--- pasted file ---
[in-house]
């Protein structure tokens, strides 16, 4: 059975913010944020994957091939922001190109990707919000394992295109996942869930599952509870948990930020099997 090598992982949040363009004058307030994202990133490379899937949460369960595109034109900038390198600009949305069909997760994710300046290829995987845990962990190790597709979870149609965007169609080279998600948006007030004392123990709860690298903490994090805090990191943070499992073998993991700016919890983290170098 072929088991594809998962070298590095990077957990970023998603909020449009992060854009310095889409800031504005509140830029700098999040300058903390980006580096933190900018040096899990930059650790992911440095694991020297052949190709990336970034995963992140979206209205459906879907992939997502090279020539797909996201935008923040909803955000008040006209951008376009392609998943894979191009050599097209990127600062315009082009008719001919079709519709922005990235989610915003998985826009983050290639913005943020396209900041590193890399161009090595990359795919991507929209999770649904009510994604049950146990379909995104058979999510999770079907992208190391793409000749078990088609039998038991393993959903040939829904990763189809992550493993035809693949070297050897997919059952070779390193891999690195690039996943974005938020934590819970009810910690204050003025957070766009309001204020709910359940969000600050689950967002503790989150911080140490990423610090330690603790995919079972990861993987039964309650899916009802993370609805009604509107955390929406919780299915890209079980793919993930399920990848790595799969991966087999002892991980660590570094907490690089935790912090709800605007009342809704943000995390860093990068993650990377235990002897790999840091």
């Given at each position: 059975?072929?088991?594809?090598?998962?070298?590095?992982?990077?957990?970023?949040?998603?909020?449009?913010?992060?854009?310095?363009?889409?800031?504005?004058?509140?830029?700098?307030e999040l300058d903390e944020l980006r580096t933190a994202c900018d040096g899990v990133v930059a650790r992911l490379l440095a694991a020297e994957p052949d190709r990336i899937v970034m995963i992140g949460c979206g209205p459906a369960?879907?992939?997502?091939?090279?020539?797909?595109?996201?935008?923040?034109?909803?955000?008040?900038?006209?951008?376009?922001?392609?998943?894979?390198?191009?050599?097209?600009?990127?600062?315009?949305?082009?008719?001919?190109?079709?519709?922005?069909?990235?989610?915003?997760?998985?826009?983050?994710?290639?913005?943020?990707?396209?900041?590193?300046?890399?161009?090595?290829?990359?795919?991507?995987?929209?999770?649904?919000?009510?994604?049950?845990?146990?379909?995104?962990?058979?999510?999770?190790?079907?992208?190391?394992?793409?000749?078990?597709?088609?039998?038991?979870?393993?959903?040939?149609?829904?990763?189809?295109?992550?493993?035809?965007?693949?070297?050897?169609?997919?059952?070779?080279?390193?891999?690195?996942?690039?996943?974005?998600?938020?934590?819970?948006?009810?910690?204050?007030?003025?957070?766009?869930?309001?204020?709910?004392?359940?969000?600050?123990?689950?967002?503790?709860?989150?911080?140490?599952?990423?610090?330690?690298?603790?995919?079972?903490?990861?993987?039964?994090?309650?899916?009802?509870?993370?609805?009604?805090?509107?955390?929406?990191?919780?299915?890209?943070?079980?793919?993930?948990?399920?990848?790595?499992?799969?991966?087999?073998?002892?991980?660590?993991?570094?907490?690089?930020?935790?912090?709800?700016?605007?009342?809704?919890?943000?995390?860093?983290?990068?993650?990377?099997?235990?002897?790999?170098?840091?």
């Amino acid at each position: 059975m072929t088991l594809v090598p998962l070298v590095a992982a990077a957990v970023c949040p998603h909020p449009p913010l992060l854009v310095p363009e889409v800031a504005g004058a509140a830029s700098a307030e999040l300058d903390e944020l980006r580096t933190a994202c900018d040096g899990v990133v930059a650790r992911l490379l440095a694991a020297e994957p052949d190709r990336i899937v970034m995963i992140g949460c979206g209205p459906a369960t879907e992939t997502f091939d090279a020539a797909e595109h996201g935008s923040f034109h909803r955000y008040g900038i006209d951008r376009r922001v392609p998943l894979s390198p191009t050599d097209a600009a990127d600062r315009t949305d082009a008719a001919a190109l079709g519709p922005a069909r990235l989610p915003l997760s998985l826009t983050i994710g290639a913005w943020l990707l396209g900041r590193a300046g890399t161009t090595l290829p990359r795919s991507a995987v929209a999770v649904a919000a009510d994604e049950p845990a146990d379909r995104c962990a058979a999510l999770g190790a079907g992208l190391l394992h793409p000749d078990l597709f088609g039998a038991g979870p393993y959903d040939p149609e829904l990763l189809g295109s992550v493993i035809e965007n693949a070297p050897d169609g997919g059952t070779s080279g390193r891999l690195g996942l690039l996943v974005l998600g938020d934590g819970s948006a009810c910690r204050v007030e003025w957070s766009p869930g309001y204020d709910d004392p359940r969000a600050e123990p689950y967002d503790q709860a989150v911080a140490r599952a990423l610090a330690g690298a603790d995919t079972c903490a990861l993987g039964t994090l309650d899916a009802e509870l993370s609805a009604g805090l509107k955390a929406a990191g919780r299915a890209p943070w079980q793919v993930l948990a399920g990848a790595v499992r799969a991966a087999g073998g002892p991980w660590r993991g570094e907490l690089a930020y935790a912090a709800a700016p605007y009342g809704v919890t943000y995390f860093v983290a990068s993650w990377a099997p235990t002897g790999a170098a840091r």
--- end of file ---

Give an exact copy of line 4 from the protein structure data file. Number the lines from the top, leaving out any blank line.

């Amino acid at each position: 059975m072929t088991l594809v090598p998962l070298v590095a992982a990077a957990v970023c949040p998603h909020p449009p913010l992060l854009v310095p363009e889409v800031a504005g004058a509140a830029s700098a307030e999040l300058d903390e944020l980006r580096t933190a994202c900018d040096g899990v990133v930059a650790r992911l490379l440095a694991a020297e994957p052949d190709r990336i899937v970034m995963i992140g949460c979206g209205p459906a369960t879907e992939t997502f091939d090279a020539a797909e595109h996201g935008s923040f034109h909803r955000y008040g900038i006209d951008r376009r922001v392609p998943l894979s390198p191009t050599d097209a600009a990127d600062r315009t949305d082009a008719a001919a190109l079709g519709p922005a069909r990235l989610p915003l997760s998985l826009t983050i994710g290639a913005w943020l990707l396209g900041r590193a300046g890399t161009t090595l290829p990359r795919s991507a995987v929209a999770v649904a919000a009510d994604e049950p845990a146990d379909r995104c962990a058979a999510l999770g190790a079907g992208l190391l394992h793409p000749d078990l597709f088609g039998a038991g979870p393993y959903d040939p149609e829904l990763l189809g295109s992550v493993i035809e965007n693949a070297p050897d169609g997919g059952t070779s080279g390193r891999l690195g996942l690039l996943v974005l998600g938020d934590g819970s948006a009810c910690r204050v007030e003025w957070s766009p869930g309001y204020d709910d004392p359940r969000a600050e123990p689950y967002d503790q709860a989150v911080a140490r599952a990423l610090a330690g690298a603790d995919t079972c903490a990861l993987g039964t994090l309650d899916a009802e509870l993370s609805a009604g805090l509107k955390a929406a990191g919780r299915a890209p943070w079980q793919v993930l948990a399920g990848a790595v499992r799969a991966a087999g073998g002892p991980w660590r993991g570094e907490l690089a930020y935790a912090a709800a700016p605007y009342g809704v919890t943000y995390f860093v983290a990068s993650w990377a099997p235990t002897g790999a170098a840091r």